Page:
Director: Kimberly Peirce
Cast: Chloë Grace Moretz, Julianne Moore, Gabriella Wilde
Run Time: 1 hour 40 minutes
MPAA Rating: R
There is, of course, only one question that any review of Carrie needs to answer: Is it as good as the 1976 Brian De Palma classic?
The answer is of course not, but the film itself is nothing to scoff at.
I'm just as shocked as you.
Let's switch things up and start with the problems for once so I can actually end this review on a good note. And there are a number of them, but they aren't nearly so critical as all that.
1) Chloë Grace Moretz is not an outsider.
This girl's a superstar and she can't entirely shake that charisma, which I suppose isn't a bad thing for Chloë. But occasionally it's hard to watch this amazing girl cowering in the corner without thinking "Stand up straight and take charge, you got this girl." Also her shower scene was way more sensual than the story called for. Sorry girl, you're awesome. But Carrie White... isn't.
2) The film is a little too eager to punch those early moments.
We get it. She's discovering her powers. When she gets angry, things start to move. We figured that out with the tampon hurricane in the locker room. And the water cooler exploding. And the mirror shattering. And the door cracking. And the fact that we've all already seen Carrie. It's just like Twilight drawing out the part where Bella discovers that Edward is a vampire. Yeah, you're your own story, but calm down. American audiences aren't as dumb as the Zac Efron trailer before the film would have you believe.
3) Really? This is high school?
This is Carrie's friend Sue.
This is Carrie's enemy, Billy.
If those two are high school aged, I really missed out.
4) The film relies too much on creaky CGI.
How hard is it to unspool some fishing line and go to town? The visual effects really show their seams and it all ends up feeling too glossy and sharp, like licking a page of a magazine.
That last flaw is the most evident and comes closest to dampening the movie's effect but where Carrie has strengths, Carrie has strengths.
Now that we have those out of the way, we can talk about nice things and plot! If you are one of the few people who doesn't know this story (And they're out there. There are tens of them!), Carrie is about a young woman named Carrie White (Moretz) who lives under the iron fist of her devoutly religious mother Margaret (Julianne Moore).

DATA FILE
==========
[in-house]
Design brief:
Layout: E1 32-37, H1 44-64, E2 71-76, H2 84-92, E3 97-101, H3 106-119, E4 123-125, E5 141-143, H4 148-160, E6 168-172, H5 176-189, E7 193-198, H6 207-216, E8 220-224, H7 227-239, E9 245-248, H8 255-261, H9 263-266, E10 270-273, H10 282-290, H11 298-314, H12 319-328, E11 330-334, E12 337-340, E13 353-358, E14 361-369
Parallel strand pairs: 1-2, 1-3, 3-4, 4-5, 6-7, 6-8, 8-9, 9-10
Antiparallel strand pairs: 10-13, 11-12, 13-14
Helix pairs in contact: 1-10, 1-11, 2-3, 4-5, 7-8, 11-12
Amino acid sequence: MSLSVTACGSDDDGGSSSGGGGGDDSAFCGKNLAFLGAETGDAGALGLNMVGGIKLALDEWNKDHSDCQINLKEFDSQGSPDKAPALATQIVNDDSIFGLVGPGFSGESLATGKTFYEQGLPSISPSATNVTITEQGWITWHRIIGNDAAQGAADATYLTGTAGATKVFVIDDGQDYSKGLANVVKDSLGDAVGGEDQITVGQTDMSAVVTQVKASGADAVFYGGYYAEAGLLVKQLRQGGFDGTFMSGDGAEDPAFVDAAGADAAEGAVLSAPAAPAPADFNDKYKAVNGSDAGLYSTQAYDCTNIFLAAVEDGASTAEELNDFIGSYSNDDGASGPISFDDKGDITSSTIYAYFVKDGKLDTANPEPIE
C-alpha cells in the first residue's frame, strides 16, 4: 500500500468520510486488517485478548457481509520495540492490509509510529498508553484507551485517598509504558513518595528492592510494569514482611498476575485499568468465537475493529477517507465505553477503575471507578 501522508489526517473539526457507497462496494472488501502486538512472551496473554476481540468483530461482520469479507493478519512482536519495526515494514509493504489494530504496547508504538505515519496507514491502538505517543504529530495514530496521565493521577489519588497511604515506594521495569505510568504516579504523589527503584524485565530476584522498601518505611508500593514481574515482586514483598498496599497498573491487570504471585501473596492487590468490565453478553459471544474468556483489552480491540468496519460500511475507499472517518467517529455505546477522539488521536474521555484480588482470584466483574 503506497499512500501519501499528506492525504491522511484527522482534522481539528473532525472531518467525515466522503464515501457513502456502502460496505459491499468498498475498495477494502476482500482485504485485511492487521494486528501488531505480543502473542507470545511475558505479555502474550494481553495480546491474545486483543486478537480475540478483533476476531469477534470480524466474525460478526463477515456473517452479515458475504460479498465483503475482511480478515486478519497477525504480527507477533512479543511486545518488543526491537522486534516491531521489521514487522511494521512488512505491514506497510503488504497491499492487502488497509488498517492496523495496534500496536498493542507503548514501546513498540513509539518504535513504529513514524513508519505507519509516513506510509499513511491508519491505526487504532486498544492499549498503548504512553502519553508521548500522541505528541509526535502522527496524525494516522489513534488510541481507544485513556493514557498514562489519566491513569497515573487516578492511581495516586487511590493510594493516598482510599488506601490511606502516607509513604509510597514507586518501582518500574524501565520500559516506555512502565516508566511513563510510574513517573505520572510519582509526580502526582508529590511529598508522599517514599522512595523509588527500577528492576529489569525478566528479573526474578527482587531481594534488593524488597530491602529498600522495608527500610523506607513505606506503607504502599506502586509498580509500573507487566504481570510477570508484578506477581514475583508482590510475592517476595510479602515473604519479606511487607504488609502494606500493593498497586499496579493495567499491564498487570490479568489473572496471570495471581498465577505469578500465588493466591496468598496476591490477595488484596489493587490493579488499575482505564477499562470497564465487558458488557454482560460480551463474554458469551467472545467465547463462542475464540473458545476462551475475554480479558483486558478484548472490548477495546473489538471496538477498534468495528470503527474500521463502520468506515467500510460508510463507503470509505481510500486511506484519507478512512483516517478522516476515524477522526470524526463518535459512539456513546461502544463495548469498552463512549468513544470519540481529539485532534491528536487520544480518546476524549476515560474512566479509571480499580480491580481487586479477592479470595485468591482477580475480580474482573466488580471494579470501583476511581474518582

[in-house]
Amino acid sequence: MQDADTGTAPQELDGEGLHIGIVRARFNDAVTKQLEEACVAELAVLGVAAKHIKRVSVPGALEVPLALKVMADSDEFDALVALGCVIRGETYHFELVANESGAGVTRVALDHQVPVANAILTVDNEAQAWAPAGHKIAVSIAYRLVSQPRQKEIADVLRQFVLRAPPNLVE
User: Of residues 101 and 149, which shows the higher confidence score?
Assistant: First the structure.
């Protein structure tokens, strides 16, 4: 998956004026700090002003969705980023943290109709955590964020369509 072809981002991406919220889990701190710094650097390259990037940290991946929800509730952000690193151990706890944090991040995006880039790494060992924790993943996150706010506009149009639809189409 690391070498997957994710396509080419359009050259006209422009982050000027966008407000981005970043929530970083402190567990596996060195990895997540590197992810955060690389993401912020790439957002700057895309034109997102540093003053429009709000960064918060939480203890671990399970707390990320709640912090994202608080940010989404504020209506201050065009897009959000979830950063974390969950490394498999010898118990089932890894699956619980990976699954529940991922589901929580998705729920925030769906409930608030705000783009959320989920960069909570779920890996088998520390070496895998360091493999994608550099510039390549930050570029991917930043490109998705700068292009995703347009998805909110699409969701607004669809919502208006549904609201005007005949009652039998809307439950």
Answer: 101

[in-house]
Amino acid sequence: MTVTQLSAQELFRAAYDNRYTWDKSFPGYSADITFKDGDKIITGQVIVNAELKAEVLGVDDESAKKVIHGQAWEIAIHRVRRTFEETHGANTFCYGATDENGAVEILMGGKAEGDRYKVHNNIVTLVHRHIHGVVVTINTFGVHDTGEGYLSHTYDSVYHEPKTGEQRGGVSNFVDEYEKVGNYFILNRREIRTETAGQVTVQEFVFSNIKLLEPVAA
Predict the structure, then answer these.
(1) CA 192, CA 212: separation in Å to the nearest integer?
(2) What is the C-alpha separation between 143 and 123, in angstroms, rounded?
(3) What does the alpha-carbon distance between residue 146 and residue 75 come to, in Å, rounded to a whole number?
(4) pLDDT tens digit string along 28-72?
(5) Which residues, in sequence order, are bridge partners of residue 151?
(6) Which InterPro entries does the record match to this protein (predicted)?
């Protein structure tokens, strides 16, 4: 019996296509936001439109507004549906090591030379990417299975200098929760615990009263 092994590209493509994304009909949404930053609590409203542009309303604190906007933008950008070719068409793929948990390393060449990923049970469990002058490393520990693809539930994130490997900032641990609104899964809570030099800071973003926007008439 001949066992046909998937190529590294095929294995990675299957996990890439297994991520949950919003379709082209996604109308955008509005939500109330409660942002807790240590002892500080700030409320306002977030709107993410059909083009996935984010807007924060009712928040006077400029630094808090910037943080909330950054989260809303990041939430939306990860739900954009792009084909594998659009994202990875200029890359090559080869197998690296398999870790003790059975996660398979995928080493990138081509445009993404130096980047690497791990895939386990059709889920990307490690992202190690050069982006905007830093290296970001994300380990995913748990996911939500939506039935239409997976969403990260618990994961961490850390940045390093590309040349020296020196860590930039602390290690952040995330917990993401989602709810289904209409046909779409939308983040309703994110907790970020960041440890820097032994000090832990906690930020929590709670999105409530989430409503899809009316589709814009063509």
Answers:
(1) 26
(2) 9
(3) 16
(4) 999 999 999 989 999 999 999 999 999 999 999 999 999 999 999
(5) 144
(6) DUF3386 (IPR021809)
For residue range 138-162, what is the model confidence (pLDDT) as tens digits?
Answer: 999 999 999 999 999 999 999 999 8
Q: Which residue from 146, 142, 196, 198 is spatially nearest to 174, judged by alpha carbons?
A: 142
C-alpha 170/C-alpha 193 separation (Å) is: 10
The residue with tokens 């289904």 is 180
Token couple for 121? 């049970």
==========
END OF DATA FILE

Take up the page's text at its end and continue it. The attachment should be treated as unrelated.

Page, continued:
One day when she gets her first period in the locker room, she is mercilessly mocked by a gang of girls led by Chris Hargensen (Portia Doubleday), a Regina George if there ever was one. In her anger, Carrie discovers that along with her period has come a mysterious power to make things move with her mind.
Sue Snell (Gabriella Wilde) has extreme guilt about having been part of the group that made fun of Carrie and she talks her boyfriend Tommy (Ansel Elgort) into asking Carrie to prom to make her feel better. Meanwhile, Chris and her hot boyfriend Billy (Alex Russell) make a plan to ruin Carrie's special night via a lovely pig's blood facial.
High school is like being pelted with bloody tampons every single second of your waking existence. My grandfather claims it was the best time of his life. He must have been really hot back then.
One of the most exciting things about Carrie is its old fashioned approach to horror. There's no jump scares here, just plain old nerve wracking creepiness. Now, a lot of the tension is lost because you know exactly what's going to happen (The Statute of Spoiler Limitations has long since run out on a 1976 film based on a 1974 novella), but the film still packs plenty of punch, mostly in the scenes where Julianne Moore and Chloë Grace get to square off.
The decisions to cast Moore and Moretz were the first and third most effective choices for the film, the second being Judy Greer as Ms. Desjardin, the gym teacher who just wants to see Carrie succeed. Greer (whose career highlight thus far has been as the inimitable Kitty Sanchez on Arrested Development) works in a pitch perfect comic register that balances out the film quite nicely and her motherly affection toward Carrie is utterly compelling.
Between that, Moore's gut-wrenchingly terrifying and zealous histrionics, and Moretz's naïve charm (her nervous smile put me in the mind of Boris Karloff in Bride of Frankenstein more than a few times), Carrie has more than enough legs to stand on.
Two. You only need two.
And frankly this is a story that, although simple, deserves to be retold. Openly lesbian director Kimberly Peirce (whose biggest feature by far is her debut film Boys Don't Cry) updates the timeless themes (namely: teenagers suck) and pulls them into a new world pervaded with social media and cyberbullying.
This past decade, the dangers of bullying have been receiving a lot more press and activist groups are becoming much more numerous and involved with high schools across the country. People are beginning to stand up for themselves and fight against something that has up until now merely been seen as an unpleasant but expected institution in the lives of young men and women.
Essentially, the time has never been riper for a reinvention of Stephen King's fabulous freshman debut, and although the film feels somewhat insubstantial when held to the light of his masterwork of exploring a young woman's development, at the end of the day it has something to say, it's disturbing when it wants to be, and it never slows down.
Carrie is enjoyable to the very end, no matter how many times this story has been reworked.
The devil never dies, it just keeps coming back. And this devil of a tale is unstoppable.
TL;DR: Carrie is perhaps unnecessary, but not even remotely unenjoyable.
Should I Spend Money On This? Yes, especially considering this is the only wide release horror film of this year (gag me with a spoon). Support horror! Happy Halloween!
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